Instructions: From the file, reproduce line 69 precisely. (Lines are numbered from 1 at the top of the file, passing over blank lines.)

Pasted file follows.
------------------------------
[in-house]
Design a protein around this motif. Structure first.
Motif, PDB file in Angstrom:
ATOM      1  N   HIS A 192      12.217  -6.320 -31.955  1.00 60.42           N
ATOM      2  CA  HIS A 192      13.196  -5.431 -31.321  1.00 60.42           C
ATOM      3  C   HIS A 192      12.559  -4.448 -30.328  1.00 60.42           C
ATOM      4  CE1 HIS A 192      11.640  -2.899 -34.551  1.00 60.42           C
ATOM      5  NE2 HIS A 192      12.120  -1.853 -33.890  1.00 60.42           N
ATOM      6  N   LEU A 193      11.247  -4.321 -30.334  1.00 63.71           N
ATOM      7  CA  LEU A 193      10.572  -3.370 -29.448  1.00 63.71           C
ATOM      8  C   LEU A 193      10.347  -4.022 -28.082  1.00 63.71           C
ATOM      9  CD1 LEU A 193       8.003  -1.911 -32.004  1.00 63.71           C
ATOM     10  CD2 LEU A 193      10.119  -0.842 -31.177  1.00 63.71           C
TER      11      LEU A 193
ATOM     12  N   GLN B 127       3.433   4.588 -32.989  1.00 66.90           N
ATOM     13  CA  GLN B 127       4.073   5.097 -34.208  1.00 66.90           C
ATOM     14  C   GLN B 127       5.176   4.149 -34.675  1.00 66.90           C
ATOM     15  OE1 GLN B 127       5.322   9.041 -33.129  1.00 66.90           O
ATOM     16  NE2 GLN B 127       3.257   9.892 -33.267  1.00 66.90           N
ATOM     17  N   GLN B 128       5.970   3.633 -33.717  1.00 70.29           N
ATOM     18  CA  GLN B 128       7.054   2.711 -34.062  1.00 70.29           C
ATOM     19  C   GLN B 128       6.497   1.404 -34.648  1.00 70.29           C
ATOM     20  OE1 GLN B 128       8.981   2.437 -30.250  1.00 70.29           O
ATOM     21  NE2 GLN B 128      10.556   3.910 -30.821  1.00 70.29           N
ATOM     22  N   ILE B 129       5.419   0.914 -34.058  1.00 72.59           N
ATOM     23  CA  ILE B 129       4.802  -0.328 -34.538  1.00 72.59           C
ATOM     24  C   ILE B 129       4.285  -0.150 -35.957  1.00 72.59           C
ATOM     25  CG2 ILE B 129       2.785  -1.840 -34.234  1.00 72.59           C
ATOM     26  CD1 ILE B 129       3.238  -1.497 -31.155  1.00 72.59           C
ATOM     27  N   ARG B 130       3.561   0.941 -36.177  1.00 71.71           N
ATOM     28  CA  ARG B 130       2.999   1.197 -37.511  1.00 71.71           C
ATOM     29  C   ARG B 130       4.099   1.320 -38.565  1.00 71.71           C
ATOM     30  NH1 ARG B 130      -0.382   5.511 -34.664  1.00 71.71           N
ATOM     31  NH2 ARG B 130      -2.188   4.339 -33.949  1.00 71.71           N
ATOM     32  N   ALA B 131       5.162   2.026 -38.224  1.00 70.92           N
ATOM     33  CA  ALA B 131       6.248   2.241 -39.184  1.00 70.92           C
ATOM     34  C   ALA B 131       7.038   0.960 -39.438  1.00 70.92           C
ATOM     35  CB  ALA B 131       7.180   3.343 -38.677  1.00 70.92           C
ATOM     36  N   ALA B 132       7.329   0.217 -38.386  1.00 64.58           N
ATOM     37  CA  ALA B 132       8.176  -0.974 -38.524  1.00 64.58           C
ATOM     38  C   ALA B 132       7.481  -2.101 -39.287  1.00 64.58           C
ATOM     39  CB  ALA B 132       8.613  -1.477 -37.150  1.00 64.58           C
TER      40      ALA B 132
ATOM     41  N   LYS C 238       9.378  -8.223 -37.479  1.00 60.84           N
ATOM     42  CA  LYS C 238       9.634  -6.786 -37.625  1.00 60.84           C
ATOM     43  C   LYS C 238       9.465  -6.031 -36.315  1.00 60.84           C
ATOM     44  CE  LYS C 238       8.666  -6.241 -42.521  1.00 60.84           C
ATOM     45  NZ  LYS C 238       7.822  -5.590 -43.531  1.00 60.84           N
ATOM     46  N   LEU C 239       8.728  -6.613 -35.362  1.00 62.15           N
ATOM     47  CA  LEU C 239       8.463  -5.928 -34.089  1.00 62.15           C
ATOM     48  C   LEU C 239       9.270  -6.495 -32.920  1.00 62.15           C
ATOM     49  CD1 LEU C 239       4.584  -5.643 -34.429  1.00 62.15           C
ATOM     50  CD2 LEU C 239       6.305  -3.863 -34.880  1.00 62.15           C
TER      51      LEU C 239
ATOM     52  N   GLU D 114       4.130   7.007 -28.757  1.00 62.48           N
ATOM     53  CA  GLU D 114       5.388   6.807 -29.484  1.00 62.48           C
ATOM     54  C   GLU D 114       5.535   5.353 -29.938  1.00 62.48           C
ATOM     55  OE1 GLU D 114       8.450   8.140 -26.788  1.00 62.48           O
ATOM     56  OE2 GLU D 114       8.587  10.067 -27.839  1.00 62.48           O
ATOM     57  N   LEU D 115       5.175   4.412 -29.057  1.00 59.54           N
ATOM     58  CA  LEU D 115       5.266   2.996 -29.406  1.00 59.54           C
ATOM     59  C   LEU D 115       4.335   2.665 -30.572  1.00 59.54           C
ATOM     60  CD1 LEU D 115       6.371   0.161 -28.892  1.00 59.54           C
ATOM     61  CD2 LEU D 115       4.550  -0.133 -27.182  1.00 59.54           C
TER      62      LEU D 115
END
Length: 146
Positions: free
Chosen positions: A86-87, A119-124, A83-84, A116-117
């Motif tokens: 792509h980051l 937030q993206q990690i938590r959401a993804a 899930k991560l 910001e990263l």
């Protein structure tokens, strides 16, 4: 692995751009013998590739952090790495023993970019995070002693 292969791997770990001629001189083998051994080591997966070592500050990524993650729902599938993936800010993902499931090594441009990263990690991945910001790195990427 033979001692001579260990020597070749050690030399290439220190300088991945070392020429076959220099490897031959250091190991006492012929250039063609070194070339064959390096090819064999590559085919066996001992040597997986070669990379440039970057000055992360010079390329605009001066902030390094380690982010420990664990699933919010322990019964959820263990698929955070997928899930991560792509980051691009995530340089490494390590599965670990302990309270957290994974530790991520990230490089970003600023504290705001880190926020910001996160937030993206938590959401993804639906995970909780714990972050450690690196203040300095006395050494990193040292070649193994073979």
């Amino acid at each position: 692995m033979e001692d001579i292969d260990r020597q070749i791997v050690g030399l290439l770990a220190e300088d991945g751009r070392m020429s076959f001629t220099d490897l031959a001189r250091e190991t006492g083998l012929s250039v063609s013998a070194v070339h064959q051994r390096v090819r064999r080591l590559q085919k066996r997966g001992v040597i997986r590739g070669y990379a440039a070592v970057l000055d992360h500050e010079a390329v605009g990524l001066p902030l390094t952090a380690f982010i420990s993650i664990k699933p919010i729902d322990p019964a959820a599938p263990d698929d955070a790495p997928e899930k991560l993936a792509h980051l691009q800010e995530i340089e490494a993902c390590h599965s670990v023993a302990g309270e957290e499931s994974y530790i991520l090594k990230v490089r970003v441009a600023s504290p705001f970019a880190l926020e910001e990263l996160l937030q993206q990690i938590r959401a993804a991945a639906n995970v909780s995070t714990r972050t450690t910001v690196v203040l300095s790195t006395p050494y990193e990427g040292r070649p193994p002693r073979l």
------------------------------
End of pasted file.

Chosen positions: A86-87, A119-124, A83-84, A116-117